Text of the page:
Real-world software development as a profession has many features distinct from computer science as an academic subject. Projects are larger (in timeline and size) than the people who participate in them; substantial pre-existing code bases must be evaluated and understood; project management and interpersonal relationships can have as much impact on software design as technical issues; and systems are ultimately evaluated by user satisfaction rather than technical merit.
Meanwhile, an applied, collaborative, and fast-moving software development culture within the open source community is thriving. By definition, the projects and communities created around open source projects are available to anyone who wants to contribute. And unlike in school, where a project might just be theoretical, or relevant only in context of the class, an open source contribution makes immediate impact on the ecosystem.
Scott Chacon, co-founder of GitHub, and Jay Borenstein, CS professor at Stanford and founder of Facebook’s Open Academy, a program designed to match university students with open source projects for academic credit, will discuss how to bring the best of the open source community’s learning frameworks into formal computer science education.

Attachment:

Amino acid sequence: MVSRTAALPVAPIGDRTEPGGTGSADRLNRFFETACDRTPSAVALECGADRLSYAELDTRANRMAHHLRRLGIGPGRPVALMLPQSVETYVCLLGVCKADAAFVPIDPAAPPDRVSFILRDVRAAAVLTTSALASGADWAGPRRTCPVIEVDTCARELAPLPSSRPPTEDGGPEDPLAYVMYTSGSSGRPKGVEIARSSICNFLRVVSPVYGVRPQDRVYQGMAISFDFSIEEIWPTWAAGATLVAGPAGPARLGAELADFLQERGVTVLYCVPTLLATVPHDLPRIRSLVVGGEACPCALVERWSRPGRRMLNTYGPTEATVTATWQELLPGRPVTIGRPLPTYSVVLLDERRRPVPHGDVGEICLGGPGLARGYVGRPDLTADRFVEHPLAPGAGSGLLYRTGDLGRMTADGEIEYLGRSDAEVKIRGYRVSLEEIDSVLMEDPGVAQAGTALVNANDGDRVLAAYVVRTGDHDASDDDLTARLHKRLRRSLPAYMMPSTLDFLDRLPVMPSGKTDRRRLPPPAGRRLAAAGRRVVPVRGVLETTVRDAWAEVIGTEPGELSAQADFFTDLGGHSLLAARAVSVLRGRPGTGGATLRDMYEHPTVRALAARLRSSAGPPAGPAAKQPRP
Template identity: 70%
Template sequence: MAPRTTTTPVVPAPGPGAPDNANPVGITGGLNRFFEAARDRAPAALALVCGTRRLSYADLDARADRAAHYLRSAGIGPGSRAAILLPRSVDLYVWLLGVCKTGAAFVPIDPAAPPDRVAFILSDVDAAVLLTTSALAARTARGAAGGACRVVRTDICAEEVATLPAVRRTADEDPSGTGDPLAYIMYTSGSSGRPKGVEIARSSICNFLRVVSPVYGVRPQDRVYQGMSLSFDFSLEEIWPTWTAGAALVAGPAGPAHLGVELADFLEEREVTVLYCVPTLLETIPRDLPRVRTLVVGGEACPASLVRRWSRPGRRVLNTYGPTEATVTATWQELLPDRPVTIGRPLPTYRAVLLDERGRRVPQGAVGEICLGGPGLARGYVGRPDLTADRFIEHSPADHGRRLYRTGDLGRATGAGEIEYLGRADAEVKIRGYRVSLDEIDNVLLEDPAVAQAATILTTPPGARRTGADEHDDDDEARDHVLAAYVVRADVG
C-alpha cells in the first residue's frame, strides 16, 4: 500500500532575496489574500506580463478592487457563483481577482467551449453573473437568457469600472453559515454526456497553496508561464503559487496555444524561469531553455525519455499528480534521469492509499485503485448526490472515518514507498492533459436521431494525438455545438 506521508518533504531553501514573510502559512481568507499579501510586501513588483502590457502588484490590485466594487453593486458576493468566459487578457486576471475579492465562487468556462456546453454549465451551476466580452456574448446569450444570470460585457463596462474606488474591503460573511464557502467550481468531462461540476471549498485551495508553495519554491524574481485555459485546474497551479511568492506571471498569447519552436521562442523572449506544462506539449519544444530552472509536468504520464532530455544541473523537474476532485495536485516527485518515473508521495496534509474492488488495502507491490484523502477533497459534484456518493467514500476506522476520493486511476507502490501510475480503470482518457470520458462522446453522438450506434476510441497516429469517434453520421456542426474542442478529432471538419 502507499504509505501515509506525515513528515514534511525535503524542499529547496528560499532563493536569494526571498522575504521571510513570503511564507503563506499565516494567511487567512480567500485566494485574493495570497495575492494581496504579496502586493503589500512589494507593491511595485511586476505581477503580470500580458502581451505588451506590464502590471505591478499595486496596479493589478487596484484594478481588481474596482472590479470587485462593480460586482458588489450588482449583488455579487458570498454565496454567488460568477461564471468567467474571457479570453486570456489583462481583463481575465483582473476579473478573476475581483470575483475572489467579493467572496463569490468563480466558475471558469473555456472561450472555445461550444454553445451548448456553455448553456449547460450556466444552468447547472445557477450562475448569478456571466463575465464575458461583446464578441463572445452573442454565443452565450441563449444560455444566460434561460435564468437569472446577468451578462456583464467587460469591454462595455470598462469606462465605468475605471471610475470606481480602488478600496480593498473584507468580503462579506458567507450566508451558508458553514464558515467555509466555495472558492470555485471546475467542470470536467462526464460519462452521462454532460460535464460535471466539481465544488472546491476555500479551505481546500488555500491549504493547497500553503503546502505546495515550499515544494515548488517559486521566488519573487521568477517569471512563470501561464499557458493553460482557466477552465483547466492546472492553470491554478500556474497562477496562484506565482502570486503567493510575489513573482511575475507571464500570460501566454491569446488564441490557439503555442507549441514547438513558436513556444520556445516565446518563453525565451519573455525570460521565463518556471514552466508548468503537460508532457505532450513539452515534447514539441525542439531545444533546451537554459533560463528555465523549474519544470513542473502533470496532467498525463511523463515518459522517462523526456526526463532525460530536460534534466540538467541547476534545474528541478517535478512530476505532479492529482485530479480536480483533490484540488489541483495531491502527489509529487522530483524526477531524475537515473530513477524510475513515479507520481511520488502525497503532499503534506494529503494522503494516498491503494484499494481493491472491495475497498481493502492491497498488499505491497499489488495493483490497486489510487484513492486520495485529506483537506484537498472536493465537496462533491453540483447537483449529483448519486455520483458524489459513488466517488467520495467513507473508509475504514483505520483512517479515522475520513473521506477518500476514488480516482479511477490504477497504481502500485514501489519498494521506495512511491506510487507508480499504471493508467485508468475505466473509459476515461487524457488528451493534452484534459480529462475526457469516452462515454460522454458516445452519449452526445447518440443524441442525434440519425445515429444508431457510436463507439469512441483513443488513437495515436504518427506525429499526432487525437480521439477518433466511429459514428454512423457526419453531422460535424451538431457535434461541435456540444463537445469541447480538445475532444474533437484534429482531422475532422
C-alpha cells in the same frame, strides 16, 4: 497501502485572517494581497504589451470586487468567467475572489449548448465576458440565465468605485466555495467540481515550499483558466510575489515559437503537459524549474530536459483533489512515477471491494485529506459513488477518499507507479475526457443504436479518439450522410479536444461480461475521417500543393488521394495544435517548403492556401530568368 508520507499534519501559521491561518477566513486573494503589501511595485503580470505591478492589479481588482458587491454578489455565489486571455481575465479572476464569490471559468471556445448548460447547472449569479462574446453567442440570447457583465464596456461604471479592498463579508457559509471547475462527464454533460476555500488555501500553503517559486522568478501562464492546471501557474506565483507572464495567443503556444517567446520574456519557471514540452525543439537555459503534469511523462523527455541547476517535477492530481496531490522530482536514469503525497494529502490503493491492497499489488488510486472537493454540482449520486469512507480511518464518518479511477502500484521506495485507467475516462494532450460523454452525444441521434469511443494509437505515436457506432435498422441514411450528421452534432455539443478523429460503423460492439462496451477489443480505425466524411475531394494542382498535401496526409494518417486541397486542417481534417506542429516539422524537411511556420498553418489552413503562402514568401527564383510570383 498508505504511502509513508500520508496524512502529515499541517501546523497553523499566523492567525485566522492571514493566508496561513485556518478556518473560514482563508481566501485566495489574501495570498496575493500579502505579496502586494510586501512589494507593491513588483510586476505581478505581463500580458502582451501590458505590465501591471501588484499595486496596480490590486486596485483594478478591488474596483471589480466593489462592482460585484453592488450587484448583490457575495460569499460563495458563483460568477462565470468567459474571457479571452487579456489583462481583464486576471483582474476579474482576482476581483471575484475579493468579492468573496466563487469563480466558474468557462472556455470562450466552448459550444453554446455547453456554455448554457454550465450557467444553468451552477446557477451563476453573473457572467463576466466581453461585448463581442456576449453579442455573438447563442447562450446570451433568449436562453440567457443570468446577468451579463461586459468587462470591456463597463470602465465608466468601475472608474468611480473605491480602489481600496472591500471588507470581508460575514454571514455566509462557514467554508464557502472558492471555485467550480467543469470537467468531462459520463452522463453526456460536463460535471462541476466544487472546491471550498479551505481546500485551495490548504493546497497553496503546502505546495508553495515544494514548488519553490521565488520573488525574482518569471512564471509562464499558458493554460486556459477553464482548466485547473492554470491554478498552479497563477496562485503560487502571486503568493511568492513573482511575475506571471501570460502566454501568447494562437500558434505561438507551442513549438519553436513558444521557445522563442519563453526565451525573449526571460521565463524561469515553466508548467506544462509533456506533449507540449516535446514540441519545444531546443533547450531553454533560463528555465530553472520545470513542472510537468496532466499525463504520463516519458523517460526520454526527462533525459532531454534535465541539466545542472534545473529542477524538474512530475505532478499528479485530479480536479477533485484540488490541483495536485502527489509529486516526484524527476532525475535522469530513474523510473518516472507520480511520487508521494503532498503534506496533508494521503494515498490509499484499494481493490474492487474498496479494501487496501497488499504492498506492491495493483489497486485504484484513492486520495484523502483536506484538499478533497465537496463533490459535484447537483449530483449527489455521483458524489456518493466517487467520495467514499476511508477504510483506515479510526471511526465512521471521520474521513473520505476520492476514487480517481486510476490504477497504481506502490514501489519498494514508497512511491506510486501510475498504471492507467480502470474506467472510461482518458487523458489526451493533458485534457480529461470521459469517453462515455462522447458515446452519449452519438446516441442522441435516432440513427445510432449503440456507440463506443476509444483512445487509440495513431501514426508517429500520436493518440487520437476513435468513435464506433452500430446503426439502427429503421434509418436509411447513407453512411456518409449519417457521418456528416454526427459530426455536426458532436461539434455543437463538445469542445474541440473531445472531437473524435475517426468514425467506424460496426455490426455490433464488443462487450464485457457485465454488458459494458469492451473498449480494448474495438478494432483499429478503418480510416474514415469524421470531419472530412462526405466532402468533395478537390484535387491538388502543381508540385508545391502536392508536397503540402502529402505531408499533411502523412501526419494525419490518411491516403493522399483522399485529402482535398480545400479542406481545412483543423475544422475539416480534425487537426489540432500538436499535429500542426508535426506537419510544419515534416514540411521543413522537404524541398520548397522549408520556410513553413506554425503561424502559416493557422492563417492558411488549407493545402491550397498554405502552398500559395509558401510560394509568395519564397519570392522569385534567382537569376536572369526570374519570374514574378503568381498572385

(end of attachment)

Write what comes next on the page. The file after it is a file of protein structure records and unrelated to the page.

I was born in Southern California. I did my undergraduate and graduate studies at Stanford, specializing in quantitative economics and operations research. I discovered both academic disciplines benefited greatly from computer simulation and I found my passions increasingly directed toward realizing products and experiences through software.
Another thread in my personal and professional life has been a love for teams of people. I find few things to be as stimulating as a smart and motivated group of people coming together in a common pursuit.
Combining the above interests, the culture of Silicon Valley (and Stanford itself, for that matter) has been a perfect fit for
me. After initially working as software engineer for a number of years and then plying the waters in technology management as a CTO, I founded Integration Appliance in 2000. I stepped down as CEO and away from day-to-day operations at IntApp in May, 2007 and served on the board through 2012. Today, IntApp is a successful and growing company.
Part of the reason for stepping away from a mature business is the quest for new challenges. Another part is the desire to get
back to the root of where many great technologies and ideas emerge; academia. I currently teach computer science at Stanford University and also run Facebook Open Academy as part of a larger Facebook effort to modernize education. I find it very fulfilling to help motivated, bright minds grow and succeed.
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